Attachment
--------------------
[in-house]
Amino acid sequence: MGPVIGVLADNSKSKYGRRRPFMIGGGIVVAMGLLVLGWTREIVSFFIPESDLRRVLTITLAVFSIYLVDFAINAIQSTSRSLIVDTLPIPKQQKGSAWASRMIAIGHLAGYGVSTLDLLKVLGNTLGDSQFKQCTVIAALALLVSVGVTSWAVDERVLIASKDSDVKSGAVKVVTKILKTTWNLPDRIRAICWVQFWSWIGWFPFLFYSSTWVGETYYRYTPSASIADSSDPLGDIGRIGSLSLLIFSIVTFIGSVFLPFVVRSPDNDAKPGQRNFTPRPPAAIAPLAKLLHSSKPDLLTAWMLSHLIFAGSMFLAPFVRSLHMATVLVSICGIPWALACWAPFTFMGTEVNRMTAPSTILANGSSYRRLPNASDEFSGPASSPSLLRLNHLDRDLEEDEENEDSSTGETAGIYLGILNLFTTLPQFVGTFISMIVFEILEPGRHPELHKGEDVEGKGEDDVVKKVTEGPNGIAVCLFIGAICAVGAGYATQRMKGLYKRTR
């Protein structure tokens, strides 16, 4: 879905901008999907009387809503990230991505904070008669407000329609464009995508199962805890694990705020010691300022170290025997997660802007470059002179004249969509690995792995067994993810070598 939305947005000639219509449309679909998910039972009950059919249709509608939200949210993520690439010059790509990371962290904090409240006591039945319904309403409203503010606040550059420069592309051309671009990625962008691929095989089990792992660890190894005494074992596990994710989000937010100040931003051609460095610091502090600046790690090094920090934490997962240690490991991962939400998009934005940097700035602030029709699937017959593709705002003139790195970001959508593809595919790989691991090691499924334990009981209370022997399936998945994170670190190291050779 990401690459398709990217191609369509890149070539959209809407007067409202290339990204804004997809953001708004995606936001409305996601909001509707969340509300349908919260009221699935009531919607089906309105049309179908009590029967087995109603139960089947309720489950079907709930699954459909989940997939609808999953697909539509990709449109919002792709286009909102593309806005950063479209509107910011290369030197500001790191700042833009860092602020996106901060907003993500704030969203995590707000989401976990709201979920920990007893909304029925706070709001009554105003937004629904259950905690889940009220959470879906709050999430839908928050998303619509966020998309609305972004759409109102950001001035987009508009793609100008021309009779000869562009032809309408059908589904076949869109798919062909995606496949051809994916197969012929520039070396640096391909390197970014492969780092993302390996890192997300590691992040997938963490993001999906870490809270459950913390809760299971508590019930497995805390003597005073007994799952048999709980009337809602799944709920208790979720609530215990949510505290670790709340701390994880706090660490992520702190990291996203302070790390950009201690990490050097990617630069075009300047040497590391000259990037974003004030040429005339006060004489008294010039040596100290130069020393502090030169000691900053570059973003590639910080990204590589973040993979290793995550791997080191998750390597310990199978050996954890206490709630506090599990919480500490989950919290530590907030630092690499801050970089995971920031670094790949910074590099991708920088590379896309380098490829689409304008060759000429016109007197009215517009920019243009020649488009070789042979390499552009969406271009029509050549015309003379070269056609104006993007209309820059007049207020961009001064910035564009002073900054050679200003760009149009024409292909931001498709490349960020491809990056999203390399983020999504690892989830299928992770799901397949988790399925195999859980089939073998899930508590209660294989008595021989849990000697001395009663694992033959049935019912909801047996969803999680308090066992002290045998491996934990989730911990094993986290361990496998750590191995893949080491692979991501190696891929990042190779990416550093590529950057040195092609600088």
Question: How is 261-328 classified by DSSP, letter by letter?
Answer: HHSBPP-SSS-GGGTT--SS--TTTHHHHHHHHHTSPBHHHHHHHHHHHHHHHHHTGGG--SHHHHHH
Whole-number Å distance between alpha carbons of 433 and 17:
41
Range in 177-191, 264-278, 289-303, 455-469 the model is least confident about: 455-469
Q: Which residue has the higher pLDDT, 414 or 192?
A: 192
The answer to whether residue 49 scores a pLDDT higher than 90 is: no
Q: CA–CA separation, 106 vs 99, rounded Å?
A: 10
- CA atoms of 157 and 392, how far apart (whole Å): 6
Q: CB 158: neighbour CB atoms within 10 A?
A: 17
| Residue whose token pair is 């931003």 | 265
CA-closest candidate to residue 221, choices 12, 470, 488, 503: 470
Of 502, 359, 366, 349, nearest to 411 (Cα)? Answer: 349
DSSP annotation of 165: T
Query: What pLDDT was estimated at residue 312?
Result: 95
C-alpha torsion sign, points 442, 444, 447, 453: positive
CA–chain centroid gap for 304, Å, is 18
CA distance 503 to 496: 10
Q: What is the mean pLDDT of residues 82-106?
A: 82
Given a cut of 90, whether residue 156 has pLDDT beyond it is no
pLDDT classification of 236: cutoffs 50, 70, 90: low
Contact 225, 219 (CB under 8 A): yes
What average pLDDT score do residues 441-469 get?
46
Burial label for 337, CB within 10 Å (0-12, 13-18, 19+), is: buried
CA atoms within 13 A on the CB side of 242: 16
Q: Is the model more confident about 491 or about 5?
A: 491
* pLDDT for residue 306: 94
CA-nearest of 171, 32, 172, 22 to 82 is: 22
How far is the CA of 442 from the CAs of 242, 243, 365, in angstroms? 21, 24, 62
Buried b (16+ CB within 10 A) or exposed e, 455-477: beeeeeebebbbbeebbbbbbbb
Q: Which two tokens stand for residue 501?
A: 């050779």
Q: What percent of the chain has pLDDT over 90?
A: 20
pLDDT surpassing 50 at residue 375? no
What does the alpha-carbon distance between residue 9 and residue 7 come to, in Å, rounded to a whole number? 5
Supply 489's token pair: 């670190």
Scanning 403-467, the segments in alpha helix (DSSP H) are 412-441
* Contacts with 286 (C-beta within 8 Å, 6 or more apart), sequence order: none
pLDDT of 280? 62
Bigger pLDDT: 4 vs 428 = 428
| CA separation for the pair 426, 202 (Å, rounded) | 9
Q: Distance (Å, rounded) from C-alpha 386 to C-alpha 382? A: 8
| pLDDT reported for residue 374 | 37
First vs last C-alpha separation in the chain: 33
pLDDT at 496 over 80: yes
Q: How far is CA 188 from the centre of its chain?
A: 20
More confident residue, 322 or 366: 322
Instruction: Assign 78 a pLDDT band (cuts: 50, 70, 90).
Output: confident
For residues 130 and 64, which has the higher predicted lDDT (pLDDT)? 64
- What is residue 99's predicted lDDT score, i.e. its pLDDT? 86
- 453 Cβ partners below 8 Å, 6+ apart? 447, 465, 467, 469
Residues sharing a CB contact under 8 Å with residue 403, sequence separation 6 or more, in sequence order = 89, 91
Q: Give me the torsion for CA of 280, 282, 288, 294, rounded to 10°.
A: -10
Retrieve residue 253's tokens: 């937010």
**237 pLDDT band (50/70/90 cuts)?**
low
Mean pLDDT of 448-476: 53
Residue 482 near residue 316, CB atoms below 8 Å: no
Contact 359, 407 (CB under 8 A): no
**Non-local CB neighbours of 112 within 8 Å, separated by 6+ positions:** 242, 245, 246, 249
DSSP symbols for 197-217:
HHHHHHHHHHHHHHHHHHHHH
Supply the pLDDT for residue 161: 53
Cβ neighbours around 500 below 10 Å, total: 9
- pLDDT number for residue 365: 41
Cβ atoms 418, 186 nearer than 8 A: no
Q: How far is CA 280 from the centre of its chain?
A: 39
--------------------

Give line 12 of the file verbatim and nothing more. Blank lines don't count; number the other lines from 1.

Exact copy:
Q: CA–CA separation, 106 vs 99, rounded Å?